HA TINH • Typhoon Doksuri battered central Vietnam yesterday, lashing the coast with fierce winds and heavy rain as tens of thousands were evacuated and three people were reported dead in the country's worst storm in years.
Trees and billboards were blown down and thousands of homes damaged as the storm made landfall yesterday, causing flooding and power cuts across large swathes of coastline.
As the rain pounded down, stall vendor Phan Thi Lan, in the badly hit Ha Tinh province, said: "The roof of my house was blown away and all the bricks are gone.
"Here at my small shop, cakes, sweets, bread and noodles are all wet. I don't know how I'll ever have enough money to fix our house."
Roads were mostly deserted in Ha Tinh province, although emergency vehicles were seen speeding towards the coast. Elsewhere in the province, a large telecommunications tower collapsed, reported the state-run Vietnam Television (VTV).
More than 79,000 people were evacuated across the four provinces that are expected to be the worst affected, the Vietnam Disaster Management Authority said.
In the meantime, those who were still in the area were racing to find shelter.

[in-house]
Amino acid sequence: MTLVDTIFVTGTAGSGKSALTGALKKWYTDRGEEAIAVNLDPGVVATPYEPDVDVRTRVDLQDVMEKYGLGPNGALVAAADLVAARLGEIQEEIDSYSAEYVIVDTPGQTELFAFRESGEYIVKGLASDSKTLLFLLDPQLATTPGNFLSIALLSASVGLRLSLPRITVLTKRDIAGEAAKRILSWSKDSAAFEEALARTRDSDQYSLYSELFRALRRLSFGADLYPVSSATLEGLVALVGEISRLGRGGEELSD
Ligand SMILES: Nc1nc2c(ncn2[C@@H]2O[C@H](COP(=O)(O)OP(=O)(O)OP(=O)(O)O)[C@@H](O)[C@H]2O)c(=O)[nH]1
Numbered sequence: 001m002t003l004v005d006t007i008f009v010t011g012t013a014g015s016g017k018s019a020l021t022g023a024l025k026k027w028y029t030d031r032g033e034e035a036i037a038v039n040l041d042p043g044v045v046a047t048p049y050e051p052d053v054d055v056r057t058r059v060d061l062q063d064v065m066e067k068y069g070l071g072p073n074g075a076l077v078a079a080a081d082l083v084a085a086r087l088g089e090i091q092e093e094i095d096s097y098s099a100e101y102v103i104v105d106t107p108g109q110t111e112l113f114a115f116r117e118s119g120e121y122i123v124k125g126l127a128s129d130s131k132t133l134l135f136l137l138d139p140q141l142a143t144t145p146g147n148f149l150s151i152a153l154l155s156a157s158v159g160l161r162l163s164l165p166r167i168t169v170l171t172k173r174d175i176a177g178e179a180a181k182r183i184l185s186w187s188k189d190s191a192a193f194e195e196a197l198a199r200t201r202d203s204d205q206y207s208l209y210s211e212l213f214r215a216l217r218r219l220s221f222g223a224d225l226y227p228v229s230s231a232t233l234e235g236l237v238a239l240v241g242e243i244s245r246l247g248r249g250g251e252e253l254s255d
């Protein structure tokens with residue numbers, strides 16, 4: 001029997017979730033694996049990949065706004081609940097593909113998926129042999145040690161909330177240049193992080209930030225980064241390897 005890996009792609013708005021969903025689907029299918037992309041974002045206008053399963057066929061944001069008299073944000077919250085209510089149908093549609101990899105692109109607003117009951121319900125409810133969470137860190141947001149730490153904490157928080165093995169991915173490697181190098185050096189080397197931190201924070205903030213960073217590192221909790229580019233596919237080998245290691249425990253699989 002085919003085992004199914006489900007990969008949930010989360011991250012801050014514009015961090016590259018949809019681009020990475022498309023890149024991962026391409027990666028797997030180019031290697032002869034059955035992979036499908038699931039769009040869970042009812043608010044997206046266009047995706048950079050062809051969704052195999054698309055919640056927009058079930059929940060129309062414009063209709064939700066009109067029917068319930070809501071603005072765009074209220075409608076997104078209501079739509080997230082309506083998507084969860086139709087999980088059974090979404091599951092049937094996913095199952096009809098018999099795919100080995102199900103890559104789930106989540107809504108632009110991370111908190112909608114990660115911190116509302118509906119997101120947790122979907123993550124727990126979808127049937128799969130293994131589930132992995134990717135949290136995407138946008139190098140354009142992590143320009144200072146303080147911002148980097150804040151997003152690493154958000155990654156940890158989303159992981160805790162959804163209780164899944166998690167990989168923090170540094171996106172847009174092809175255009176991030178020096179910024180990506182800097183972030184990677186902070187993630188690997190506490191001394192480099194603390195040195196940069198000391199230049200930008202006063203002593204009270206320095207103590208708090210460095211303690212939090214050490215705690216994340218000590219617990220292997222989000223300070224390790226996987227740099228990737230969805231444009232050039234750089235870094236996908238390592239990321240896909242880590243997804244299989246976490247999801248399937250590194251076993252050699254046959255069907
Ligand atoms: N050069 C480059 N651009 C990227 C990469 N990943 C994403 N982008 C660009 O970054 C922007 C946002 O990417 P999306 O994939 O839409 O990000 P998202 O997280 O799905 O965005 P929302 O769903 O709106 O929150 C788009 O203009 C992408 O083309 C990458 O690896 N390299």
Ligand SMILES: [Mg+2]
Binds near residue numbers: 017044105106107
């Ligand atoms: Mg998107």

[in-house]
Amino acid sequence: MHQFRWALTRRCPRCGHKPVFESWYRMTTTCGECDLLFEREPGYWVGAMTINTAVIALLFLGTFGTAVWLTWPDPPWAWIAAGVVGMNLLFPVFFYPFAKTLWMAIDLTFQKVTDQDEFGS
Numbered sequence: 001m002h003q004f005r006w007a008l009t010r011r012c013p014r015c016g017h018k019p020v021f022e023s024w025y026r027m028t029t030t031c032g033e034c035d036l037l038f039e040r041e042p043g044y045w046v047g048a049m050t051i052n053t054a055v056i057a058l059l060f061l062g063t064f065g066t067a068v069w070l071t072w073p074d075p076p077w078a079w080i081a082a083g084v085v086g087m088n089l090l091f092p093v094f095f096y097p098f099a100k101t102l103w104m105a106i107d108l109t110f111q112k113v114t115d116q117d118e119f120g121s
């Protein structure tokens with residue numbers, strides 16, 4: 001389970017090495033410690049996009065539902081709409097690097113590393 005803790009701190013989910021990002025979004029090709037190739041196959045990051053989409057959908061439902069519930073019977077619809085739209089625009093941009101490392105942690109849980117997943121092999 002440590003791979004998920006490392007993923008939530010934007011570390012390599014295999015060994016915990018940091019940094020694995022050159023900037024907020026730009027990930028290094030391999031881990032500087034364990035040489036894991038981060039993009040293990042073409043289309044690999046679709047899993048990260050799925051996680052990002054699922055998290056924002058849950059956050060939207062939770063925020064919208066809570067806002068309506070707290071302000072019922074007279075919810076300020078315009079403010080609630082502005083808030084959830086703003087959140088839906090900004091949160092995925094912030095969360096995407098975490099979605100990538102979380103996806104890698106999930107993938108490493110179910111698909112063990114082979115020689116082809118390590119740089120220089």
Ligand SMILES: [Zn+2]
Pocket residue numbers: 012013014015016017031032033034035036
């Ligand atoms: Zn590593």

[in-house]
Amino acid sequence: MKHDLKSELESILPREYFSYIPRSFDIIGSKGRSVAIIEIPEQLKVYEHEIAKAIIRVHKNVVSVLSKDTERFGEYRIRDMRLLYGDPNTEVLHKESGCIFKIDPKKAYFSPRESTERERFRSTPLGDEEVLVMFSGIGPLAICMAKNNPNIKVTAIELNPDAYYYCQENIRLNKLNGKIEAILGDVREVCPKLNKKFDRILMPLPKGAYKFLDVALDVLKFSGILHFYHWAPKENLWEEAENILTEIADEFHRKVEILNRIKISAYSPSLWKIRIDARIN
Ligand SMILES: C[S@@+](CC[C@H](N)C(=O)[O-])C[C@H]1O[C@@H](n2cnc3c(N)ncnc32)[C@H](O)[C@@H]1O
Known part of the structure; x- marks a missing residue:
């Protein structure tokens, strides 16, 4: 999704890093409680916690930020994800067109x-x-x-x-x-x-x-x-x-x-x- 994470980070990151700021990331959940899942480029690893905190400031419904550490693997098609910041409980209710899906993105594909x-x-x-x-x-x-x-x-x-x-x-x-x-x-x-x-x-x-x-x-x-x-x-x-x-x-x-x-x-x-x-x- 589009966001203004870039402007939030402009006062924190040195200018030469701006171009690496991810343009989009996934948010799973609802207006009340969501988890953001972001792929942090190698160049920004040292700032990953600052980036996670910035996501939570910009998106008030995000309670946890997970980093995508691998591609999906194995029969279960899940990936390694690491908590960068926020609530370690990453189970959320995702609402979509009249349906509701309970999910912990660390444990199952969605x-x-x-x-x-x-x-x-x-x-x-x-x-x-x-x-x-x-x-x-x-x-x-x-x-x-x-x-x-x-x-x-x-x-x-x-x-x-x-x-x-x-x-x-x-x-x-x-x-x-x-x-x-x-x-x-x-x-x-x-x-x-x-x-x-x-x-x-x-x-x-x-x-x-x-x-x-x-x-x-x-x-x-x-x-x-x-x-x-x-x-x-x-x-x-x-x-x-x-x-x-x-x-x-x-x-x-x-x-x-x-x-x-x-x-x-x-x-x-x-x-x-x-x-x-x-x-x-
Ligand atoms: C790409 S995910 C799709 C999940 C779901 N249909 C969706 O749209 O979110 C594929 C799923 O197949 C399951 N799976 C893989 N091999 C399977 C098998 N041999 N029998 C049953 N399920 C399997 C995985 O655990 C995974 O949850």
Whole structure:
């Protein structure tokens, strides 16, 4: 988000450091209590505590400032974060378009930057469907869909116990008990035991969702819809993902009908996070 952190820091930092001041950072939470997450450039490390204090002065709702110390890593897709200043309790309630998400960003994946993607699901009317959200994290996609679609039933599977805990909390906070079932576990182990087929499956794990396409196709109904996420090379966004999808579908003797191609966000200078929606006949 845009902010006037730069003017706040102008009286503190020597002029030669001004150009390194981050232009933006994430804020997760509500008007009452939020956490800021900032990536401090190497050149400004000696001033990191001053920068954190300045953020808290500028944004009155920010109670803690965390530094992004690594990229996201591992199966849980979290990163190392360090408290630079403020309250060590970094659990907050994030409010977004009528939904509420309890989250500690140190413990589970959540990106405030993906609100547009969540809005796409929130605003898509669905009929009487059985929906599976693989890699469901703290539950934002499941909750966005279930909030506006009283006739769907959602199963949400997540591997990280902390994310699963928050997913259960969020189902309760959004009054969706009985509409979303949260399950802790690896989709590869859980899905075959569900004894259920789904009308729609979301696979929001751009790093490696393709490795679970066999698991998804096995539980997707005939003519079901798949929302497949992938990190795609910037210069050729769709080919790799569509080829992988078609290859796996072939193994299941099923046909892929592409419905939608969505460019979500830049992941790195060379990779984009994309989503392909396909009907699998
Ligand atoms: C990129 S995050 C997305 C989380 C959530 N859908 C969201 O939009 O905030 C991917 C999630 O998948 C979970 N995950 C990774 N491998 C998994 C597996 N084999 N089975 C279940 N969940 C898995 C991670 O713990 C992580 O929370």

Construction worker Nguyen Van Tai said: "I have never seen such a bad storm. The roof of my house was blown away and the houses of many of my neighbours were also damaged. I ran here to the petrol station."
Vietnam's central coast is routinely lashed by storms, especially during tropical storm season from May to October. But disaster management officials predicted that Doksuri would be the worst to hit Vietnam in a decade.
The province's deputy chairman Le Minh Ngan, speaking on VTV, said more than 5,000 homes were damaged or destroyed in Quang Binh province, where one person was also reported killed.
Another man died in Hue province when river waters swept him away after heavy rain, officials said. A third man was reported dead in Ha Tinh province, according to state media.
The storm packed wind speeds of up to 90kmh, but was expected to weaken throughout the day as it moved towards Laos, said the Vietnam National Hydro-meteorological Service.
Officials earlier said they were still moving people from their homes, and had ordered boats to come ashore.
"The number one priority is ensuring people's safety," Agriculture Minister Nguyen Xuan Cuong said on VTV.
Several flights to the area were cancelled yesterday, and most schools were closed as residents hunkered down in their homes.
"The children stayed at home and there's not much on sale in the markets. I bought enough instant noodles for the family, so I think we're good," said Nghe An resident Nguyen Thi Hue, 58.
The Vietnam Red Cross Society said it was donating US$45,000 (S$61,000) and sending essential supplies to the area, as well as volunteers to help affected residents.
The government on Thursday said it had a quarter of a million soldiers on standby, and a fleet of vehicles and boats at the ready.
Vietnam has been hit by severe weather several times this year, with about 140 people dead or missing in natural disasters since January, according to official figures.